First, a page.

British creature-feature Little Joe leaves Film Critic Charlotte Edgington feeling a little cold, though impressed by its handling of workplace sexism
Jessica Hausner’s English language debut, Little Joe, follows the religiously dedicated botanist, Alice (Emily Beecham), as she balances her passion project, a new strain of plant that induces serotonin in its owner, and being a mother to her increasingly distant teenage son (Kit Connor), both, in a rather Freudian fashion, named Joe. Alice’s Frankenstein-like morality leads her to brush aside questions of ethical boundaries in the rush to complete her flower, however she slowly begins to realise that her creation has become something far more menacing than she could ever have predicted.
This Day of the Triffids-esque narrative was met with high anticipation at its Cannes festival premiere, but it’s hard not to feel as though it fell short of the pedestal it had been placed upon. Although by design a film of muted tones and emotions, the viewer receives no sense of urgency and therefore no gauge of the impending danger the film’s pollinated villain is supposed to represent. Or perhaps, to be more precise, the film’s biggest down fall is it’s pacing and narrative structure. While its premise and cast sound incredibly promising, featuring such acclaimed actors as Ben Whishaw and Lindsay Duncan, there are several key moments throughout that fall flat, leaving the audience with more to be desired. The film’s dimly building heart rate seemingly guides us to a denouement that will dramatically unmask Little Joe’s innocent and docile façade, but this climatic reveal never comes, and Little Joe’s behaviour, while not quite innocuous, does not fill the looming shadow that films like Little Shop of Horrors leave behind. The final act of the film feels unnecessary and needlessly elongated, with the debatable apex coming almost half an hour before its end, making the final minutes feel empty and purposeless as a result.
This more streamlined style also accounts for the actor’s deliveries and interactions with each other. The dynamic between mother, son, and girlfriend (newcomer Jessie Mae Alonzo) makes for humorous content, taking on liminal themes of growing up and apart from our parents with a wry wit. The two young actors were particularly convincing but despite being amusing, these scene felt a little out of place in this emotionally stunned film. We see this again in scenes concerting Alice’s lover interest, which although intentionally awkward, reveal nothing of the character’s true intentions or romantic desires. Hausner’s aim appears to have been to create a menacingly sterile monster that in its machine-like efficiency and coldness, takes over humanity before they even have time to notice. While this works conceptually, it consequently gives the viewer an almost Little Joe-like perspective of its character: detached, disinterested, and unmemorable.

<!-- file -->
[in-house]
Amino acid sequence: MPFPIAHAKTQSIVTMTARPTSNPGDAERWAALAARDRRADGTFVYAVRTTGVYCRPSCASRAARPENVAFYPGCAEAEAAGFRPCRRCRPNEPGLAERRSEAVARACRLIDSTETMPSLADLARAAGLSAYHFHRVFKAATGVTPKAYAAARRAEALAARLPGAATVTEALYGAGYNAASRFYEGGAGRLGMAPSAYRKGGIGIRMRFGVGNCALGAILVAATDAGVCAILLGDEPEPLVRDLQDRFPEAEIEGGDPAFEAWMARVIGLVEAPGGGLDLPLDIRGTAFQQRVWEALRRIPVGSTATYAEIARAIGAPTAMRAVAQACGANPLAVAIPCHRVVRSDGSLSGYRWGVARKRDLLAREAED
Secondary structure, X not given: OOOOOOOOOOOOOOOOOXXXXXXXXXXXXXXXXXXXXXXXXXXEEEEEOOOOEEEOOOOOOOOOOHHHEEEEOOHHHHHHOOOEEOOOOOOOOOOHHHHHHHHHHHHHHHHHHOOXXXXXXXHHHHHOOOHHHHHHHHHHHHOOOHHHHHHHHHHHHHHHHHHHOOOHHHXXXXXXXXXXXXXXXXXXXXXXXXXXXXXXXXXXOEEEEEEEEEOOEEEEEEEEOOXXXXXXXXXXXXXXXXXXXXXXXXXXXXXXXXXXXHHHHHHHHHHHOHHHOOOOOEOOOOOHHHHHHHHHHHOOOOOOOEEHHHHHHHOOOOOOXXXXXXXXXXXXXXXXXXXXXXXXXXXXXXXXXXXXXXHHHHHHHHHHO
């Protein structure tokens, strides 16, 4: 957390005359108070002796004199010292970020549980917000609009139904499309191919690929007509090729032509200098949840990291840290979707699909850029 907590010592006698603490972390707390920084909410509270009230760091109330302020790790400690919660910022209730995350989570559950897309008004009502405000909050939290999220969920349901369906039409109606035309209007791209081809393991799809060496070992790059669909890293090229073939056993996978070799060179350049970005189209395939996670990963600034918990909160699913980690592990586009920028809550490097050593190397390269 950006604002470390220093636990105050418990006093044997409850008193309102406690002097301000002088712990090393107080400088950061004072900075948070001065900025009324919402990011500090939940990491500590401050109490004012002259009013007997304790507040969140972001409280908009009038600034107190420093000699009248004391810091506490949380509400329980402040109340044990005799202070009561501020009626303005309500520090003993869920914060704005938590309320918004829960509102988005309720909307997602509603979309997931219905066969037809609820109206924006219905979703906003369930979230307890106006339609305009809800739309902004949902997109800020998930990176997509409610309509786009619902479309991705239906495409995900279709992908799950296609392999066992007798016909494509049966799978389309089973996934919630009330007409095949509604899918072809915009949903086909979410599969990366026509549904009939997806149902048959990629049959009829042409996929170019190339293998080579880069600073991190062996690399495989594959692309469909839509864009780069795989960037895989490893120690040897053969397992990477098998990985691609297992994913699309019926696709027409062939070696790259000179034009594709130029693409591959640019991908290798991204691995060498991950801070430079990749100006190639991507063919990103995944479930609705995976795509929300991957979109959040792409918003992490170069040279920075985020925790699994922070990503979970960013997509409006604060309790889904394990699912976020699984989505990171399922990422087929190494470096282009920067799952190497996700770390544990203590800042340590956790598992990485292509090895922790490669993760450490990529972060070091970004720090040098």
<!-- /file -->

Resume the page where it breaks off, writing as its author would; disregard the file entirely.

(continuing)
On a more positive note, aesthetics wise, Hausner excellently creatives a smooth sterilised environment that is highlighted with bursts of colour that add a supernatural flare, from the pink overpowering lights in Little Joe’s greenhouse to the sickly green of the cafeteria, where rumours and gossiping turn colleagues against each other. Perhaps what is most striking about the film is its avant-garde score, composed by Teiji Ito. Its sudden jarring pace and obscure staccato instrumentation adds a jagged tension that leaves the viewer uncertain of whats to follow. Ito’s soundscape works perfectly with the cleansed environment of Little Joe and establishes an uncanny air that follows delicately throughout.
Another aspect Hausner excels at is her portrayal of women in competitive and male-dominated STEM industries. Throughout the film, Alice is constantly questioned, second-guessed, and doubted by her male colleagues, who also torment and belittle another female employee (Kerry Fox) with a history of mental illness (albeit under the guise of our floral titular character) after she comes to suspect Little Joe. Later on this playground provocation evolves into a far more sinister form of gaslighting, a psychological tactic used to manipulate others into doubting their own sanity. Cleverly and infuriatingly accurately portrayed is the reality that the true roadblock to Little Joe’s demise is not the plant itself, but everyday workplace sexism, that disavows women’s voices and often turns them against each other. This underlying feminine element, from Alice’s struggles with motherhood, to workplace harassment, highlights the subtle everyday micro-aggressions women face on a daily basis, and how this can have longterm, life changing consequences. In a post-#Metoo era, it’s important that we still continue to question and investigate the way in which women are treated in the work place, and Hausner’s film eloquently displays this and its monstrous effects.
Hausner ingeniously critiques workplace sexism and places women’s struggles at the heart of Little Joe, adding a unique twist to the long line of vegetal sci-fi horrors. However, despite its intentionally cold and clean set and costume design, Little Joe feels too bleached of any kind of emotional attachment at all, leaving audiences with a tale of motherly love that lacks human connection.
Little Joe is in cinemas from February 21st.
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